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Fibres/​Yarns/​Fabrics

Polyolefin gold rush could benefit technical textile producers

According to a new report from Research and Markets, the global structure of polypropylene and polyethylene production is poised to change dramatically as capacity rises in China and soars in the Middle East. As a result, the shares of Western Europe and the USA are set to fall substantially, the report says.   The change in production structure will come about because the manufacture of propylene and ethylene-which are the main raw material feedstocks for pol

30th October 2009

Innovation in Textiles
 |  Dublin

Agriculture, Packaging, Interiors, Transport/​Aerospace, Clothing/​Footwear, Sports/​Outdoor

According to a new report from Research and Markets, the global structure of polypropylene and polyethylene production is poised to change dramatically as capacity rises in China and soars in the Middle East. As a result, the shares of Western Europe and the USA are set to fall substantially, the report says.  

The change in production structure will come about because the manufacture of propylene and ethylene-which are the main raw material feedstocks for polypropylene and polyethylene polymer-is to start in the Middle East on a large scale. Also, large-scale production of the polymers themselves is about to begin.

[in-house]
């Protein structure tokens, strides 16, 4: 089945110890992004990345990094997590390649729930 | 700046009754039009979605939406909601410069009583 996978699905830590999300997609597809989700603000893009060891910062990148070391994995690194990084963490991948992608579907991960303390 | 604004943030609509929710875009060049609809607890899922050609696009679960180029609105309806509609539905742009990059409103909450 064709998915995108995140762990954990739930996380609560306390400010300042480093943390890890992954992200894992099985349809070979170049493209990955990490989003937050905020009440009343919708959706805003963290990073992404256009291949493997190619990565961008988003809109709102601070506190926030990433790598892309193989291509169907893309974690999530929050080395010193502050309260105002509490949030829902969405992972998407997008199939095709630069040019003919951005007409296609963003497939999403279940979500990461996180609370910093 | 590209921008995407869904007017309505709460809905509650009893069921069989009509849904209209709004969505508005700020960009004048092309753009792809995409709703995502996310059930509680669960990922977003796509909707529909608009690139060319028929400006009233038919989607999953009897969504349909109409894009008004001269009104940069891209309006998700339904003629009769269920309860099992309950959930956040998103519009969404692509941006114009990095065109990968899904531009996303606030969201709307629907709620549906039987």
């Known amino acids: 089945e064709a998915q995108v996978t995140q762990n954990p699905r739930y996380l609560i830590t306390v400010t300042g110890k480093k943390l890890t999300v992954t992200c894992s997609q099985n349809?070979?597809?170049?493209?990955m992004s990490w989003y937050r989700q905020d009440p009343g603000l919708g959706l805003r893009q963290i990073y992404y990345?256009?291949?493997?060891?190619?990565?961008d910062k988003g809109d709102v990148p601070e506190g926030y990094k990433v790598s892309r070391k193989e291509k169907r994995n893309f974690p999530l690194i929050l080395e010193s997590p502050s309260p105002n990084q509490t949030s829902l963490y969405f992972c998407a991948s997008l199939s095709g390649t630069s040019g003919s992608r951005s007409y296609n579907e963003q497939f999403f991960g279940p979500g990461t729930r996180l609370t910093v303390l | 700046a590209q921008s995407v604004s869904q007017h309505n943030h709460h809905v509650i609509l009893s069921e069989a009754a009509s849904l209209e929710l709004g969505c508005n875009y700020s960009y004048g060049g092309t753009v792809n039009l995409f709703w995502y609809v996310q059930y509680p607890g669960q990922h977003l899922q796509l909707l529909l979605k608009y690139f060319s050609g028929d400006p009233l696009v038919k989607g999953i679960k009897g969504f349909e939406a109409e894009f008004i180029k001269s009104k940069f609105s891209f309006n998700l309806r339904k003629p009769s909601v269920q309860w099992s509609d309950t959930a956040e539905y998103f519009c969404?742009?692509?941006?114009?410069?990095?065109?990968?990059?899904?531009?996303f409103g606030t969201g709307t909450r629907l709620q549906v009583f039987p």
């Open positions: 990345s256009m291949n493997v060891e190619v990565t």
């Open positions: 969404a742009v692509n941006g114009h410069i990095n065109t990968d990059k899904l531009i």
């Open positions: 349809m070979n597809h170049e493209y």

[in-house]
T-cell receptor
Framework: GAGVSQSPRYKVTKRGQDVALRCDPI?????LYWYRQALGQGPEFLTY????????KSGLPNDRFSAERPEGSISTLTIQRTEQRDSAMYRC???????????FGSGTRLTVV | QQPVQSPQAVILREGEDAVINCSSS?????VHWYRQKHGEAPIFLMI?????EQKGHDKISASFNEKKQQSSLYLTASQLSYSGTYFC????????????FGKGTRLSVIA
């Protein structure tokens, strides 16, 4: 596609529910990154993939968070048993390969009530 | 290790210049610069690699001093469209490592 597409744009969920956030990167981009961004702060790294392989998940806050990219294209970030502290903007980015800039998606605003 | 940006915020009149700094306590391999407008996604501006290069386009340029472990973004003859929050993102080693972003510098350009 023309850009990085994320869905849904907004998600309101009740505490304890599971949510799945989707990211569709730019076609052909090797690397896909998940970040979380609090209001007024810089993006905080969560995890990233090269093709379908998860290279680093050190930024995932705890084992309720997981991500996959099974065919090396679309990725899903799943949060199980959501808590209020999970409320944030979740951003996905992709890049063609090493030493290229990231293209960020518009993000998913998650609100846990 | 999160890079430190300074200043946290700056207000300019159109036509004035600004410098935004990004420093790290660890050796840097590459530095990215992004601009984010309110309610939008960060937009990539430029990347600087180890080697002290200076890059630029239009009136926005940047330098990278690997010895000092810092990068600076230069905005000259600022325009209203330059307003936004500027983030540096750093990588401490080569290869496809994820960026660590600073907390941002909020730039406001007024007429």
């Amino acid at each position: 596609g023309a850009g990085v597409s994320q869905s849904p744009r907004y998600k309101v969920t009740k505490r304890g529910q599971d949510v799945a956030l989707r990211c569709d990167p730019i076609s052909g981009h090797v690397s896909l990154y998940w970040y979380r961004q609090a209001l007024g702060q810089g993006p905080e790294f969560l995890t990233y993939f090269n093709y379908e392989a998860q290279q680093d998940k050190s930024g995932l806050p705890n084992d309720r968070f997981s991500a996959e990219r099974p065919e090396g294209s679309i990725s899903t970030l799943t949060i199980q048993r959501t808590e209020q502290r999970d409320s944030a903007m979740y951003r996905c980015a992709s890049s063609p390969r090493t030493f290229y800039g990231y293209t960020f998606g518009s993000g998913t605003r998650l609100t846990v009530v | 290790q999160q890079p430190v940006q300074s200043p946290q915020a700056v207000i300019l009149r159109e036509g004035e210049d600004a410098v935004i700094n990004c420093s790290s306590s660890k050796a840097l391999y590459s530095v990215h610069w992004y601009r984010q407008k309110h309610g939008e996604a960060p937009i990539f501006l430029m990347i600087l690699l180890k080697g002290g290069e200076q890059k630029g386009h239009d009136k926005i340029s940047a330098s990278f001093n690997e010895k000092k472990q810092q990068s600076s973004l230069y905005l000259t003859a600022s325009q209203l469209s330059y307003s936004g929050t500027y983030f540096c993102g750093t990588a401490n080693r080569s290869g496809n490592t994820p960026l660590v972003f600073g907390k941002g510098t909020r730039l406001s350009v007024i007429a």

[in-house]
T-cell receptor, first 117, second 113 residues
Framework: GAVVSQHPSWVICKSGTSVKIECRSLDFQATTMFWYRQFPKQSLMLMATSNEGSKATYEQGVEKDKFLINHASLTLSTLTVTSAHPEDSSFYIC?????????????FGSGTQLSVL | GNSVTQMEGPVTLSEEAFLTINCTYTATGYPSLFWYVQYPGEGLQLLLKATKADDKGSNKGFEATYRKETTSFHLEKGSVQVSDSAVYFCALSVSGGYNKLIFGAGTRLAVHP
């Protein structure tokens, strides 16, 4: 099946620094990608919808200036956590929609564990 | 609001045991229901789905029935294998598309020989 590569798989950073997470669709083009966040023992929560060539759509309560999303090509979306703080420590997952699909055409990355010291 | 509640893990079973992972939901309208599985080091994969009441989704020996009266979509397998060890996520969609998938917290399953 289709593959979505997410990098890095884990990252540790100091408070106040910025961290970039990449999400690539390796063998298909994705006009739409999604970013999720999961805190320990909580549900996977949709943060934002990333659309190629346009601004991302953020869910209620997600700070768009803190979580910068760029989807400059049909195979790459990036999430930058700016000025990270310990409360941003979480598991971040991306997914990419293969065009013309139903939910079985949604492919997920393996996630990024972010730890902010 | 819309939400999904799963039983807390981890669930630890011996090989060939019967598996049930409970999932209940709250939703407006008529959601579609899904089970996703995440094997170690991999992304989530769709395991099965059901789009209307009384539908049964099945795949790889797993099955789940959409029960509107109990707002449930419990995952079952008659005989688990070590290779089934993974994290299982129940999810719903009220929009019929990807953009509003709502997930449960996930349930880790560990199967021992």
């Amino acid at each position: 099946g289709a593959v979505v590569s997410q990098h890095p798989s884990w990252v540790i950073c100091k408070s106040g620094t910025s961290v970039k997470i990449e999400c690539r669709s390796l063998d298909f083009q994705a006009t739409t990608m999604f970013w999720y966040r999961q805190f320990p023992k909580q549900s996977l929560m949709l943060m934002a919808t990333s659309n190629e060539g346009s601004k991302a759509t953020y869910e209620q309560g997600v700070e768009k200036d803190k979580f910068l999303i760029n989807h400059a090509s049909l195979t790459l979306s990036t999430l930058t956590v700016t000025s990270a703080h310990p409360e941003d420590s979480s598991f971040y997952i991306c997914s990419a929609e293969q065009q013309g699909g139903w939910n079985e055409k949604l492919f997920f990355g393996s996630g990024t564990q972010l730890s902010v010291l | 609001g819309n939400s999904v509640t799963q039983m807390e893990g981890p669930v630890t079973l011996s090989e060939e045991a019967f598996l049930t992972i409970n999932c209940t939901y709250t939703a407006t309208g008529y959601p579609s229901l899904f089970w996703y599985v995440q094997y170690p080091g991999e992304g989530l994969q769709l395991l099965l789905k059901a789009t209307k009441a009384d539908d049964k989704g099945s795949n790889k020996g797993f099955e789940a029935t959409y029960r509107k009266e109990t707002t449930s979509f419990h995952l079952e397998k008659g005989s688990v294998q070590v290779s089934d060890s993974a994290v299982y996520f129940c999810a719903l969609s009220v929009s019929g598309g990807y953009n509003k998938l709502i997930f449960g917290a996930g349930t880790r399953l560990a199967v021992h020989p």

Polypropylene and polyethylene fibres and filaments are used in a wide variety of technical textiles for agriculture, automotive, building and construction, hygiene, leisure, medical, outdoor and packaging applications. Specific end uses include active wear, artificial grass, bale wrapping, ballistic materials, bedding, carpet backing, car seating, diapers, disposable wipes, filter fabrics, fishing nets, flexible intermediate bulk containers (FIBCs), furniture, geotextiles, ropes and twines, sportswear, strapping, thermal underwear, upholstery and wall coverings.  

Polypropylene and polyethylene filaments are normally produced by melt spinning. In this process, polymer granules-usually made by specialist producers rather than fibre companies-are fed to an extruder, which melts the polymer and then pumps it through a spinneret. Filaments are formed, and cooled in an air stream before being wound on a package or collected as a tow. In many cases coloured pigments are added to the polymer stream before extrusion because polypropylene and polyethylene fibres are difficult to dye.  

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